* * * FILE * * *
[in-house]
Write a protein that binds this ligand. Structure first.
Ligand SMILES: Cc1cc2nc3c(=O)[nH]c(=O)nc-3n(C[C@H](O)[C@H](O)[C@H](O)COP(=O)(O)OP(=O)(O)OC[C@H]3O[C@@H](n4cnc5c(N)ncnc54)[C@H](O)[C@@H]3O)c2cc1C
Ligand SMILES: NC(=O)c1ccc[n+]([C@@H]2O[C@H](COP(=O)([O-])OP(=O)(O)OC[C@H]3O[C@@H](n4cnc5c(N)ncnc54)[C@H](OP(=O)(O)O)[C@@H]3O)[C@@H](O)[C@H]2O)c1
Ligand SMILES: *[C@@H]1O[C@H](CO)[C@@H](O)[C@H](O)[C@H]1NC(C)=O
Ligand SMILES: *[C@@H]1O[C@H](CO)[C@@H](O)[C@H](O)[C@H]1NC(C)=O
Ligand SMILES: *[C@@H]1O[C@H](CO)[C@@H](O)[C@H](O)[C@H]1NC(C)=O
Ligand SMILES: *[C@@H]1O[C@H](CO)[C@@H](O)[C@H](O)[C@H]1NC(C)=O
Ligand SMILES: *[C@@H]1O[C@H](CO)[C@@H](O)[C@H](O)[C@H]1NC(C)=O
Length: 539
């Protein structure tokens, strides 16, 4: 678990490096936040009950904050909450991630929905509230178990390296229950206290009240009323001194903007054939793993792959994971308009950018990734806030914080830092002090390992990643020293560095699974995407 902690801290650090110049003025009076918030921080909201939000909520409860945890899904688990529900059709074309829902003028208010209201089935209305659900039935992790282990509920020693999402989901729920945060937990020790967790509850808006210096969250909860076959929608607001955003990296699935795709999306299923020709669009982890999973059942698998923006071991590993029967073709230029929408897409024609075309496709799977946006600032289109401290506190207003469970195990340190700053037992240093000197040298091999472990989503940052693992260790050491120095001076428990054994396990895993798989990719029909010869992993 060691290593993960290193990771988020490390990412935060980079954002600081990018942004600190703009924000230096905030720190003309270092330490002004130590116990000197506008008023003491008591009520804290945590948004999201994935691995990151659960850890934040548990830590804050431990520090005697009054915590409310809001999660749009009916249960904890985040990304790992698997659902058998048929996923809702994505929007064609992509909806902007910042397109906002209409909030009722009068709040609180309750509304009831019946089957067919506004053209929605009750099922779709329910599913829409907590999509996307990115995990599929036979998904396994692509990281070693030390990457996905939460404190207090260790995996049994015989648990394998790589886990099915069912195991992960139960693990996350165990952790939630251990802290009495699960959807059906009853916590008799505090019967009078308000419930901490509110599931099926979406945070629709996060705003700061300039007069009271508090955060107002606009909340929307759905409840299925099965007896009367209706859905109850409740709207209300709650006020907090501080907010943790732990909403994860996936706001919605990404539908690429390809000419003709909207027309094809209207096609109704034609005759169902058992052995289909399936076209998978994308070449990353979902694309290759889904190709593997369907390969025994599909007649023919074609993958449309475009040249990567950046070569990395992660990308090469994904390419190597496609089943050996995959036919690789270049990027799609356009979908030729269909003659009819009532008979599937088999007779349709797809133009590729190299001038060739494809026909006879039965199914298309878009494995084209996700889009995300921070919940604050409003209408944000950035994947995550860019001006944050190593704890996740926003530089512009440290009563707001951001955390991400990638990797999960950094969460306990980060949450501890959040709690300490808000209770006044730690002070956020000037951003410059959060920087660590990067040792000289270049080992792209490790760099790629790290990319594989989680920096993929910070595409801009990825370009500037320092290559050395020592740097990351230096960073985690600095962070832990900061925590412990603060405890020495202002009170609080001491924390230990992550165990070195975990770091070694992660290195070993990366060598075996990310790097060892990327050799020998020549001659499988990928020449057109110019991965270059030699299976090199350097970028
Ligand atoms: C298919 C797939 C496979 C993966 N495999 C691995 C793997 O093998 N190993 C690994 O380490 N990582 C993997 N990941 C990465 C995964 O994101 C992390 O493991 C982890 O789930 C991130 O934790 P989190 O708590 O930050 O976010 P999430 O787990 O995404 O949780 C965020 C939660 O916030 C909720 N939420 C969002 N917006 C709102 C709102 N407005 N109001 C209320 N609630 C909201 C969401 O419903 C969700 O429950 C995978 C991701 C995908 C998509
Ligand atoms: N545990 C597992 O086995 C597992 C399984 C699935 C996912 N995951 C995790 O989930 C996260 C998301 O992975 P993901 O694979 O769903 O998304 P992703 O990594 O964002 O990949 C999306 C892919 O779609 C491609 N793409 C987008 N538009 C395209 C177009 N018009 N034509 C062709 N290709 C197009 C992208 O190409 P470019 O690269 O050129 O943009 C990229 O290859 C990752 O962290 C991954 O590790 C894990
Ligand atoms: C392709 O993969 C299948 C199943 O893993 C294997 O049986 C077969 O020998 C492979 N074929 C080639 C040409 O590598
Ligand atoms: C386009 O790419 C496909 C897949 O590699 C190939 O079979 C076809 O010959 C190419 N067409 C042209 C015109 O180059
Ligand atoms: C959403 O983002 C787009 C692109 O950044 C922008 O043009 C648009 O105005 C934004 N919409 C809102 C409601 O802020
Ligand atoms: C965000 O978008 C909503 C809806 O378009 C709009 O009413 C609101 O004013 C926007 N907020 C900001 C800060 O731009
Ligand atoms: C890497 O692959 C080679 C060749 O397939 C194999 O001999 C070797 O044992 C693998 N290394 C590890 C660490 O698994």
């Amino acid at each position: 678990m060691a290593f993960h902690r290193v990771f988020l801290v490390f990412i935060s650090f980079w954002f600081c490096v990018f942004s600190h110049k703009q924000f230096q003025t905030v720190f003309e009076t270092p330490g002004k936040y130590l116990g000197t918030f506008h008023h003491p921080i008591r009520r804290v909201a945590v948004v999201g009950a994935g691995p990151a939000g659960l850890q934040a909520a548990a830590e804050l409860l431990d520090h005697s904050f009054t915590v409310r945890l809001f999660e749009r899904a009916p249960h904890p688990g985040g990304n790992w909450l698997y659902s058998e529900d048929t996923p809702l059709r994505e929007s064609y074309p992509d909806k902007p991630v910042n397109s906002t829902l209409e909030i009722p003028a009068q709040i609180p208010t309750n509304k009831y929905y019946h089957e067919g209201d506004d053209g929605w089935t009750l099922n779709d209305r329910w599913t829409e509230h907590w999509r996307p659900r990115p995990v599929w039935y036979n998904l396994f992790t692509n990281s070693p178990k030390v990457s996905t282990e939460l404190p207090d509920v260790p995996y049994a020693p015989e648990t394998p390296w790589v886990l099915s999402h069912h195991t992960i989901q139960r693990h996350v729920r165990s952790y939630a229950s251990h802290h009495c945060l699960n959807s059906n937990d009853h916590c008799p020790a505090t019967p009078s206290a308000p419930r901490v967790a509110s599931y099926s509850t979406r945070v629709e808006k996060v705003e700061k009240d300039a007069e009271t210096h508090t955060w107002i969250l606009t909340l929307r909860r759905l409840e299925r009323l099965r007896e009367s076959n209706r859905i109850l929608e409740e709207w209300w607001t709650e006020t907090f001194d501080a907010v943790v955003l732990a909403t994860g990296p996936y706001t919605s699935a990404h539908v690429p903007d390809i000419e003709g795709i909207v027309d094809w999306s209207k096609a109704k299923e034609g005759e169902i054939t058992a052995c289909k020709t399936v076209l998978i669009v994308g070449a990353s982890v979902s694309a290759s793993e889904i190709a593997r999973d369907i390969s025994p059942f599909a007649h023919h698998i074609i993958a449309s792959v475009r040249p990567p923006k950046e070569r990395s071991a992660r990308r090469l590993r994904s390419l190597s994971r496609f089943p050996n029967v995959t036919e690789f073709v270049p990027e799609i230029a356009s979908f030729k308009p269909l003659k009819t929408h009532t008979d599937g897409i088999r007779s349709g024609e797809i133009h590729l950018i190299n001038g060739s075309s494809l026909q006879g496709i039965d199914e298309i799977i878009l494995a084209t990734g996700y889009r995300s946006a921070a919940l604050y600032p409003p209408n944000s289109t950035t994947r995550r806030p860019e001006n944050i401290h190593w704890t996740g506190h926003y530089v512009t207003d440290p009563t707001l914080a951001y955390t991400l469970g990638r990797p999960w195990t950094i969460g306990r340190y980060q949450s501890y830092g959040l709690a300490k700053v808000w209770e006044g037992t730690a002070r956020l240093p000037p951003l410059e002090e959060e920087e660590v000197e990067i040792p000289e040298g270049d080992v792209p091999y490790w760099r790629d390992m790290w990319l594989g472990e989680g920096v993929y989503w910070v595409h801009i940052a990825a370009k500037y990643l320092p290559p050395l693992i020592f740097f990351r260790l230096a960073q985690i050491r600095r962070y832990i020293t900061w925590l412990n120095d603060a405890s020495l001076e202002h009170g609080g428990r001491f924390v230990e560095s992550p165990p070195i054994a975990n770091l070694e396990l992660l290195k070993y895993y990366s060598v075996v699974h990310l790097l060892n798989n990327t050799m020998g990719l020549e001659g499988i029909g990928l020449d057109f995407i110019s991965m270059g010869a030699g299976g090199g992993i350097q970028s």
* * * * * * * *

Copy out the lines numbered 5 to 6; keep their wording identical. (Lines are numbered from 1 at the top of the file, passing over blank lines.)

Ligand SMILES: *[C@@H]1O[C@H](CO)[C@@H](O)[C@H](O)[C@H]1NC(C)=O
Ligand SMILES: *[C@@H]1O[C@H](CO)[C@@H](O)[C@H](O)[C@H]1NC(C)=O